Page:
Grunge: Music and Memory

By Hansen, Lindsay | ARSC Journal, Fall 2012 | Go to article overview

Grunge: Music and Memory


Hansen, Lindsay, ARSC Journal


Grunge: Music and Memory. By Catherine Strong, Surrey, UK: Ashgate, 2011. vii-xi + 179pp (hardcover). Bibliography, Index. ISBN 978-4-409-42376-8. Price: $99.95

This book, an extension of the author's doctoral dissertation from Australian National University, Canberra, joins a growing number of titles on grunge, such as Clinton Heylin's 2007 work, Babylon's Burning: From Punk to Grunge and Greg Prato's 2009 book, Grunge is Dead: Oral History of Seattle Rock Music. A drawback of the book is that it reads very much like a dissertation, dry and exhaustively researched, while lacking the punch of popular music journalism.

Strong is not a musicologist, rather her degrees are in sociology and social science. Although she frequently quotes music magazines like New Musical Express, the statements often seem stiff and academic. For people of a certain generation, grunge brings back fond and exciting memories and this book, while occasionally commenting on personal nostalgia, does not inspire the reader to pull out Sub Pop albums for listening. This book would benefit from images of the musicians and movement, especially from music magazines like Rolling Stone.

Divided into seven chapters, Strong's book explores grunge as it relates to memory media, Kurt Cobain, gender, and finally, Generation X as a whole. The bibliography is a strong mix of pop journalism (Rolling Stone, Mojo, etc), academic books and articles, and iconic films like Singles and Reality Bites. In her research, Strong identified the seminal works of popular music history by scholars like Peter Wicke and Simon Frith. She acknowledges that "academic writing on grunge has ... been very negative about its effects and impact on its audience and society" (p.21) and aims to break that pattern. The index is a helpful addition to the book and allows for browsing subject.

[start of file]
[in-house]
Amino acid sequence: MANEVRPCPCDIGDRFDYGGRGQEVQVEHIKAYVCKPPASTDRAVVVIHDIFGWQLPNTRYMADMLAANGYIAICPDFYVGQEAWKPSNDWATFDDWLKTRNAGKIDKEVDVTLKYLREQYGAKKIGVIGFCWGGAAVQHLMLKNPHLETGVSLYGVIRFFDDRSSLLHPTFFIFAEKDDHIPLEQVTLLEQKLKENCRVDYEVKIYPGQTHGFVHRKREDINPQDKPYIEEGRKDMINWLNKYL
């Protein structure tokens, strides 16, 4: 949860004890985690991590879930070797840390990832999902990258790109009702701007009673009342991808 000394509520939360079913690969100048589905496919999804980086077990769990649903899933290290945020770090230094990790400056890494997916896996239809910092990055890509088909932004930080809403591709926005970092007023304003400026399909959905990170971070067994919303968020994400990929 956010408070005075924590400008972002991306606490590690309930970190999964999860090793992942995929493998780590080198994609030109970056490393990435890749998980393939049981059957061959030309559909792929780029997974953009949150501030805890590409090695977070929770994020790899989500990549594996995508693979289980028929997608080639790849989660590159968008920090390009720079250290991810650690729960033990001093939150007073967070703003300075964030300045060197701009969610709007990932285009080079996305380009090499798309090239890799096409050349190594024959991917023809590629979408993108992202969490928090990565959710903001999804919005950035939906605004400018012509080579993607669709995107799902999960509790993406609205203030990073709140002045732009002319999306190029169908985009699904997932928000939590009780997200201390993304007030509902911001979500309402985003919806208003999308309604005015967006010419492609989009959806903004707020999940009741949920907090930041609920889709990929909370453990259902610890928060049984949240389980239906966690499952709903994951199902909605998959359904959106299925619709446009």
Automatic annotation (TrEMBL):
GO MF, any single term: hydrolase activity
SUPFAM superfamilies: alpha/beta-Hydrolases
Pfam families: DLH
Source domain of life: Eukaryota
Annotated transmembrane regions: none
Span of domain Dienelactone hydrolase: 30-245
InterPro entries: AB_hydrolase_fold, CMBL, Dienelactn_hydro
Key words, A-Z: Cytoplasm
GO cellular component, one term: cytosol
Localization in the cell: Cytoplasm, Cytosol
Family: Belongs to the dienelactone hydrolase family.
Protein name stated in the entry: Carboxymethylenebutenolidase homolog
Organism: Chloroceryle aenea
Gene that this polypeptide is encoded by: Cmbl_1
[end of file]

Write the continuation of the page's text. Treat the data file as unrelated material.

Strong carefully explains her methodology for her literature review and survey of Australians regarding grunge. She does not give a history of the musical movement or provide any interpretation of songs or music and makes it clear from the beginning that her study is based in sociology. Strong's study focuses on the ideas of collective memory and authenticity. She assumes that the reader is well acquainted with the bands associated with grunge, most notably Nirvana, Pearl Jam, and Soundgarden. Throughout this work, Strong examines grunge music as it relates to race, class, gender, power, and politics. She frames her research around a 22-question survey (part of the appendix) and includes open-ended responses throughout the book. Sample questions include "how did you feel about Kurt Cobain's death" and "how do you feel about grunge now?"

Having identified official definitions of grunge (from the media and academic writing), Strong explores further definitions through her personal interviews. The responses fall into four categories: musical, geographical, temporal, and cultural (p.69). In one of the most engaging parts of the book, respondents comment on the fashion of the time, specific facets of music, and Seattle. …

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